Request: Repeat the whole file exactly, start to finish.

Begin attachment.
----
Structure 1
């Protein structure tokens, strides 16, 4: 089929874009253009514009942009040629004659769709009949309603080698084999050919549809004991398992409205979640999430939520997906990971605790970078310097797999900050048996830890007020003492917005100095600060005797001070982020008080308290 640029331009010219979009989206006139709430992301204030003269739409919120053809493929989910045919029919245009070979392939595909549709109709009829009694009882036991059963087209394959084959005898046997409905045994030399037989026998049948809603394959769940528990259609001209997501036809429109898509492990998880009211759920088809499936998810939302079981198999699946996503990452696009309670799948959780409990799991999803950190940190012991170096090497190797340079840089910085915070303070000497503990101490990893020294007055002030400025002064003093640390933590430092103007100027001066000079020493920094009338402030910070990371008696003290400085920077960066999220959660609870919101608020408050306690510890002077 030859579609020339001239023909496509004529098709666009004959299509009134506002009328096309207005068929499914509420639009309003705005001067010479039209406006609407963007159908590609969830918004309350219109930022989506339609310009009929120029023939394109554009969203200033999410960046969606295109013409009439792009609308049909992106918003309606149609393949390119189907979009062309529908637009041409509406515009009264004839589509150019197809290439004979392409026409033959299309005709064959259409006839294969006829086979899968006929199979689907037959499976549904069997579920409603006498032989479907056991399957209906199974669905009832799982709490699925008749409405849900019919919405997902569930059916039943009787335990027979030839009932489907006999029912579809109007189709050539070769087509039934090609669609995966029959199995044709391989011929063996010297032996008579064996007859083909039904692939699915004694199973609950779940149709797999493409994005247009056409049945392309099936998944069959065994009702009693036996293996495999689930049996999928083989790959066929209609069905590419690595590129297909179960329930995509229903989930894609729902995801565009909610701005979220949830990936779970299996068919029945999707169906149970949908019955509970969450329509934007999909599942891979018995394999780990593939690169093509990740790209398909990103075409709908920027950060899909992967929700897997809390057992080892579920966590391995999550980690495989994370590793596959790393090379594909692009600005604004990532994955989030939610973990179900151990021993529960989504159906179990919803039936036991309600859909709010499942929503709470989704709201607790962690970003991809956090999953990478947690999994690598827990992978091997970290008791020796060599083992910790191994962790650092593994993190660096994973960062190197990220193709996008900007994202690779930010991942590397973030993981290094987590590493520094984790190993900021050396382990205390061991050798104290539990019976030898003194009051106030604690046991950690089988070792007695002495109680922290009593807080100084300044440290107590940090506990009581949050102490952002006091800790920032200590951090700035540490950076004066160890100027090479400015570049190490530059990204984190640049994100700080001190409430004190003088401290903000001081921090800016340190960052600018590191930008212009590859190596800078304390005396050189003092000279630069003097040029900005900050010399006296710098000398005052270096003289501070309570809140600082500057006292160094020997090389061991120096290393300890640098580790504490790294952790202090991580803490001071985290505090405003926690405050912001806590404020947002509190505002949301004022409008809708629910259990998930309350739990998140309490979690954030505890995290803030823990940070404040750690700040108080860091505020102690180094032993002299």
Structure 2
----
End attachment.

Structure 1
């Protein structure tokens, strides 16, 4: 089929874009253009514009942009040629004659769709009949309603080698084999050919549809004991398992409205979640999430939520997906990971605790970078310097797999900050048996830890007020003492917005100095600060005797001070982020008080308290 640029331009010219979009989206006139709430992301204030003269739409919120053809493929989910045919029919245009070979392939595909549709109709009829009694009882036991059963087209394959084959005898046997409905045994030399037989026998049948809603394959769940528990259609001209997501036809429109898509492990998880009211759920088809499936998810939302079981198999699946996503990452696009309670799948959780409990799991999803950190940190012991170096090497190797340079840089910085915070303070000497503990101490990893020294007055002030400025002064003093640390933590430092103007100027001066000079020493920094009338402030910070990371008696003290400085920077960066999220959660609870919101608020408050306690510890002077 030859579609020339001239023909496509004529098709666009004959299509009134506002009328096309207005068929499914509420639009309003705005001067010479039209406006609407963007159908590609969830918004309350219109930022989506339609310009009929120029023939394109554009969203200033999410960046969606295109013409009439792009609308049909992106918003309606149609393949390119189907979009062309529908637009041409509406515009009264004839589509150019197809290439004979392409026409033959299309005709064959259409006839294969006829086979899968006929199979689907037959499976549904069997579920409603006498032989479907056991399957209906199974669905009832799982709490699925008749409405849900019919919405997902569930059916039943009787335990027979030839009932489907006999029912579809109007189709050539070769087509039934090609669609995966029959199995044709391989011929063996010297032996008579064996007859083909039904692939699915004694199973609950779940149709797999493409994005247009056409049945392309099936998944069959065994009702009693036996293996495999689930049996999928083989790959066929209609069905590419690595590129297909179960329930995509229903989930894609729902995801565009909610701005979220949830990936779970299996068919029945999707169906149970949908019955509970969450329509934007999909599942891979018995394999780990593939690169093509990740790209398909990103075409709908920027950060899909992967929700897997809390057992080892579920966590391995999550980690495989994370590793596959790393090379594909692009600005604004990532994955989030939610973990179900151990021993529960989504159906179990919803039936036991309600859909709010499942929503709470989704709201607790962690970003991809956090999953990478947690999994690598827990992978091997970290008791020796060599083992910790191994962790650092593994993190660096994973960062190197990220193709996008900007994202690779930010991942590397973030993981290094987590590493520094984790190993900021050396382990205390061991050798104290539990019976030898003194009051106030604690046991950690089988070792007695002495109680922290009593807080100084300044440290107590940090506990009581949050102490952002006091800790920032200590951090700035540490950076004066160890100027090479400015570049190490530059990204984190640049994100700080001190409430004190003088401290903000001081921090800016340190960052600018590191930008212009590859190596800078304390005396050189003092000279630069003097040029900005900050010399006296710098000398005052270096003289501070309570809140600082500057006292160094020997090389061991120096290393300890640098580790504490790294952790202090991580803490001071985290505090405003926690405050912001806590404020947002509190505002949301004022409008809708629910259990998930309350739990998140309490979690954030505890995290803030823990940070404040750690700040108080860091505020102690180094032993002299």
Structure 2